Next world or­der: Time for shared pur­pose

The Daily Star (Lebanon) - - OPINION - ANA PALACIO

The an­nus hor­ri­bilis of 2016 is be­hind us now. But its low points – the United King­dom’s vote to leave the Euro­pean Union, the elec­tion of Don­ald Trump as U.S. pres­i­dent, the on­go­ing atroc­i­ties in Syria – were merely symp­toms of a process of dis­so­lu­tion of the lib­eral rules-based global sys­tem that be­gan long be­fore. Un­for­tu­nately, those symp­toms are now ac­cel­er­at­ing the sys­tem’s de­cline.

For years, the lib­eral or­der has been un­der strain. Per­haps most ob­vi­ous, there has been a lack of progress in the devel­op­ment of in­sti­tu­tions and le­gal in­stru­ments. In short, we have been try­ing to fit the round pegs of 21st-cen­tury global power into the square holes of post World War II in­sti­tu­tions.

Skewed rep­re­sen­ta­tion re­flect­ing a by­gone era, whether on the United Na­tions Se­cu­rity Coun­cil or the In­ter­na­tional Mon­e­tary Fund’s Board, un­der­mines global in­sti­tu­tions’ le­git­i­macy and abil­ity to re­spond to new chal­lenges. This has spurred a shift to­ward in­for­mal mech­a­nisms like the G-20 and new, untested in­sti­tu­tions like the Asian In­fras­truc­ture In­vest­ment Bank.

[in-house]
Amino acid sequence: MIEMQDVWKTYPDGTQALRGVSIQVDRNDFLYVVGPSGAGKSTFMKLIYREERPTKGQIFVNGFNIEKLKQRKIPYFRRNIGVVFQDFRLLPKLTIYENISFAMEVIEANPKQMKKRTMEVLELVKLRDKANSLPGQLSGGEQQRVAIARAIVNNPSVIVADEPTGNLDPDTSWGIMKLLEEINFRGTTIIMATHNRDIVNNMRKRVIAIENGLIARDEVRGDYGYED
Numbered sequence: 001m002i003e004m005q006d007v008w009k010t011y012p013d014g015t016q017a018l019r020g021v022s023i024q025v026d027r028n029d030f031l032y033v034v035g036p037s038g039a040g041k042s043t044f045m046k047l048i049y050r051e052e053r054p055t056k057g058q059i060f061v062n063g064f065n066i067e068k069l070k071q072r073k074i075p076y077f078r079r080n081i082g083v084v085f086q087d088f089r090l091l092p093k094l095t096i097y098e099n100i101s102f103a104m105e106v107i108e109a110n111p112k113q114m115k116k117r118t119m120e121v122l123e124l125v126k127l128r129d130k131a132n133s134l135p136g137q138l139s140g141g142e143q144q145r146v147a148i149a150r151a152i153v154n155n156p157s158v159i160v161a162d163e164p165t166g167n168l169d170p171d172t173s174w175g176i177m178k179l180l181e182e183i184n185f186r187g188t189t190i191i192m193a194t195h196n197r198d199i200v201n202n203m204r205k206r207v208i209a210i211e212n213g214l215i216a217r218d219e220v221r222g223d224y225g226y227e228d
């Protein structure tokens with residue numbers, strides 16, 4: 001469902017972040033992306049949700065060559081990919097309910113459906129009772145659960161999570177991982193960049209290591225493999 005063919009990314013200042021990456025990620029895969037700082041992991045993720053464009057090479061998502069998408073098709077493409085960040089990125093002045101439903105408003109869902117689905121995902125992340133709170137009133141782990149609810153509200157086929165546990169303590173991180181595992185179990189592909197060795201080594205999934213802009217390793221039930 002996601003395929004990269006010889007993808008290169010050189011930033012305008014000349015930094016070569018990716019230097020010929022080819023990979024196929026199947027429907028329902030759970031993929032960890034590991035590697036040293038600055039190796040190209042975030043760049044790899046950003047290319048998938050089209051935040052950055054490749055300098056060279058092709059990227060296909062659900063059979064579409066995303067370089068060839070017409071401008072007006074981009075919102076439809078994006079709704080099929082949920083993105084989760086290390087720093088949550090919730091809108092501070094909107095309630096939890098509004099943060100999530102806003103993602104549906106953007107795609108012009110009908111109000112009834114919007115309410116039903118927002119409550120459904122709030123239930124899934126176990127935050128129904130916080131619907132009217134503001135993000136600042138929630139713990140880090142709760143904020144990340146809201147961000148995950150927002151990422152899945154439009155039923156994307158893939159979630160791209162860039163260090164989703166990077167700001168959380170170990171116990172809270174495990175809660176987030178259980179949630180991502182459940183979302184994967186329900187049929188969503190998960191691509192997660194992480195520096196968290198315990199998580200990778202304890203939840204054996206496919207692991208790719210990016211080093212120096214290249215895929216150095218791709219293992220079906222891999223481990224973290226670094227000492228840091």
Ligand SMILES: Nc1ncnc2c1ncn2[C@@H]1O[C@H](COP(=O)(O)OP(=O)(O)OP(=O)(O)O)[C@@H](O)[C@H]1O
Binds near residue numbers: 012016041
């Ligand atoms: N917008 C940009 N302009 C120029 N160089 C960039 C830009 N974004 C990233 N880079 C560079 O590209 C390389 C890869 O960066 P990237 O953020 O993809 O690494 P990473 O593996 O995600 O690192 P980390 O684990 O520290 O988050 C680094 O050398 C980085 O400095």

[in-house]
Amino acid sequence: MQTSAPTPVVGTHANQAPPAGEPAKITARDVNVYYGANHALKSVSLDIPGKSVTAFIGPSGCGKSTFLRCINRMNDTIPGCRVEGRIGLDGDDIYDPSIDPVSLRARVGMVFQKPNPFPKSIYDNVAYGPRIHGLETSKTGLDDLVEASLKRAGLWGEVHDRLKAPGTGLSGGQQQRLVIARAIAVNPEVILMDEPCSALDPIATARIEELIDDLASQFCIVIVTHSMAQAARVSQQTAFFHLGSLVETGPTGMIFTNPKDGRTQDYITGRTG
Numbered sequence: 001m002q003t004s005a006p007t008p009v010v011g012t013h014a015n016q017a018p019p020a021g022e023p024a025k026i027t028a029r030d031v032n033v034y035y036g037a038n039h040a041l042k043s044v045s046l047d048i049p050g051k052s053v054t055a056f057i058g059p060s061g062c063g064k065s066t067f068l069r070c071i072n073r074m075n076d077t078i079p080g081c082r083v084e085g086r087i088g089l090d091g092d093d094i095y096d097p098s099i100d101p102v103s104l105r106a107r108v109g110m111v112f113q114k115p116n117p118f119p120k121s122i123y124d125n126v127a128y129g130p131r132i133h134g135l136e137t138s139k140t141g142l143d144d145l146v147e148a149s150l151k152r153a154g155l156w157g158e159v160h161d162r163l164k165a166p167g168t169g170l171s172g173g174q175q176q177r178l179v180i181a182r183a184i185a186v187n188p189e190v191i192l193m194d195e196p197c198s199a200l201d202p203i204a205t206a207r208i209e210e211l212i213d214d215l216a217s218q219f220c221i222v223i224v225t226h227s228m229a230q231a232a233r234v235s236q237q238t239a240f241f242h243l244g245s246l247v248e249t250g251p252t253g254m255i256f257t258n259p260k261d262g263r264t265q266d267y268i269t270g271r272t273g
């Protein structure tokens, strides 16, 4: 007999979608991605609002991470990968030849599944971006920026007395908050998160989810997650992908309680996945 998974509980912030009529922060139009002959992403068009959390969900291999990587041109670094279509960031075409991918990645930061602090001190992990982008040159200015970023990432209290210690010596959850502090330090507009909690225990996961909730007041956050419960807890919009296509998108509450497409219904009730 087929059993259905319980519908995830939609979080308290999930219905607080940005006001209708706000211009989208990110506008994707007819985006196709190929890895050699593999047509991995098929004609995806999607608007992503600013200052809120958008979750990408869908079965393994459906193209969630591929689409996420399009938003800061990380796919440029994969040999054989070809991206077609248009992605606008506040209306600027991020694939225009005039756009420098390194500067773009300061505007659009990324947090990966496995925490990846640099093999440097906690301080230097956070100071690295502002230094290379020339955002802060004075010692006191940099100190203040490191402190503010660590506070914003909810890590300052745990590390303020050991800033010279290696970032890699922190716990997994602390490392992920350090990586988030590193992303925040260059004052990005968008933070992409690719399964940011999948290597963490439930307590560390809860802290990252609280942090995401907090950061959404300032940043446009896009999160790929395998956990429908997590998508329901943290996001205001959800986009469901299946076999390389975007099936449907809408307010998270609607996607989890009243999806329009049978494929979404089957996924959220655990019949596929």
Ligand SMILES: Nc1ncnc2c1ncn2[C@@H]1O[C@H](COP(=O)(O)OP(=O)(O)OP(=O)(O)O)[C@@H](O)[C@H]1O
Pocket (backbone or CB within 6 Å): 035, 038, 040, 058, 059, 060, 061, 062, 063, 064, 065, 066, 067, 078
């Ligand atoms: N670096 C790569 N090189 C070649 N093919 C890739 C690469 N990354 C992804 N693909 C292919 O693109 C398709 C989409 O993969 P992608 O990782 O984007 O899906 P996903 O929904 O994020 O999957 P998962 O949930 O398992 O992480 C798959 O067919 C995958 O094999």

A bet­ter ap­proach would aim to boost the rep­re­sen­ta­tion of emerg­ing economies in ex­ist­ing in­sti­tu­tions. It would also seek to in­cor­po­rate more non-state ac­tors, both civil-so­ci­ety or­ga­ni­za­tions and busi­ness rep­re­sen­ta­tives, into in­ter­na­tional de­ci­sion­mak­ing pro­cesses.

But the chal­lenge ex­tends be­yond the in­sti­tu­tional me­chan­ics that have pre­oc­cu­pied most com­men­ta­tors, in­clud­ing me. The lib­eral in­ter­na­tional or­der’s philo­soph­i­cal core has been hol­lowed out, with fun­da­men­tal ideas that were once con­sid­ered sta­ples of the mod­ern world – free trade, democ­racy, hu­man rights – ei­ther in re­treat or un­der threat. Un­less and un­til we rec­og­nize and ad­dress this re­al­ity, the lib­eral world or­der that has brought un­prece­dented peace and pros­per­ity to the world over the past seven decades will con­tinue to erode.